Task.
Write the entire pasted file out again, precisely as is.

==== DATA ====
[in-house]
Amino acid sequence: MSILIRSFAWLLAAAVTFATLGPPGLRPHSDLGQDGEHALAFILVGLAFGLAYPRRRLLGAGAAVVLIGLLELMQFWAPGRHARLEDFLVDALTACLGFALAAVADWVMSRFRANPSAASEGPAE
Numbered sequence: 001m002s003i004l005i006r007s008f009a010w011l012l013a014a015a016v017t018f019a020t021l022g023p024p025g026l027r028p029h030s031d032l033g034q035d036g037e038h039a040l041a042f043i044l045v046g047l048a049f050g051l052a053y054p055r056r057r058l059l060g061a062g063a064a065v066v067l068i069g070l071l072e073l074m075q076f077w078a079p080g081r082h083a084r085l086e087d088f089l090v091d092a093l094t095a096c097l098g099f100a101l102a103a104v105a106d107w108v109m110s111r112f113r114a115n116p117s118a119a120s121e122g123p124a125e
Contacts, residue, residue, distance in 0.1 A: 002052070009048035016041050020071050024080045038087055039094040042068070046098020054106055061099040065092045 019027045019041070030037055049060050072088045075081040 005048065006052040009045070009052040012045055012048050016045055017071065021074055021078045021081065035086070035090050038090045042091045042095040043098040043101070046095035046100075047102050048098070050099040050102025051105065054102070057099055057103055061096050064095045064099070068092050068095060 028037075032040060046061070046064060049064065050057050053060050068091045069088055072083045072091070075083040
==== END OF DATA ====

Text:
[in-house]
Amino acid sequence: MSILIRSFAWLLAAAVTFATLGPPGLRPHSDLGQDGEHALAFILVGLAFGLAYPRRRLLGAGAAVVLIGLLELMQFWAPGRHARLEDFLVDALTACLGFALAAVADWVMSRFRANPSAASEGPAE
Numbered sequence: 001m002s003i004l005i006r007s008f009a010w011l012l013a014a015a016v017t018f019a020t021l022g023p024p025g026l027r028p029h030s031d032l033g034q035d036g037e038h039a040l041a042f043i044l045v046g047l048a049f050g051l052a053y054p055r056r057r058l059l060g061a062g063a064a065v066v067l068i069g070l071l072e073l074m075q076f077w078a079p080g081r082h083a084r085l086e087d088f089l090v091d092a093l094t095a096c097l098g099f100a101l102a103a104v105a106d107w108v109m110s111r112f113r114a115n116p117s118a119a120s121e122g123p124a125e
Contacts, residue, residue, distance in 0.1 A: 002052070009048035016041050020071050024080045038087055039094040042068070046098020054106055061099040065092045 019027045019041070030037055049060050072088045075081040 005048065006052040009045070009052040012045055012048050016045055017071065021074055021078045021081065035086070035090050038090045042091045042095040043098040043101070046095035046100075047102050048098070050099040050102025051105065054102070057099055057103055061096050064095045064099070068092050068095060 028037075032040060046061070046064060049064065050057050053060050068091045069088055072083045072091070075083040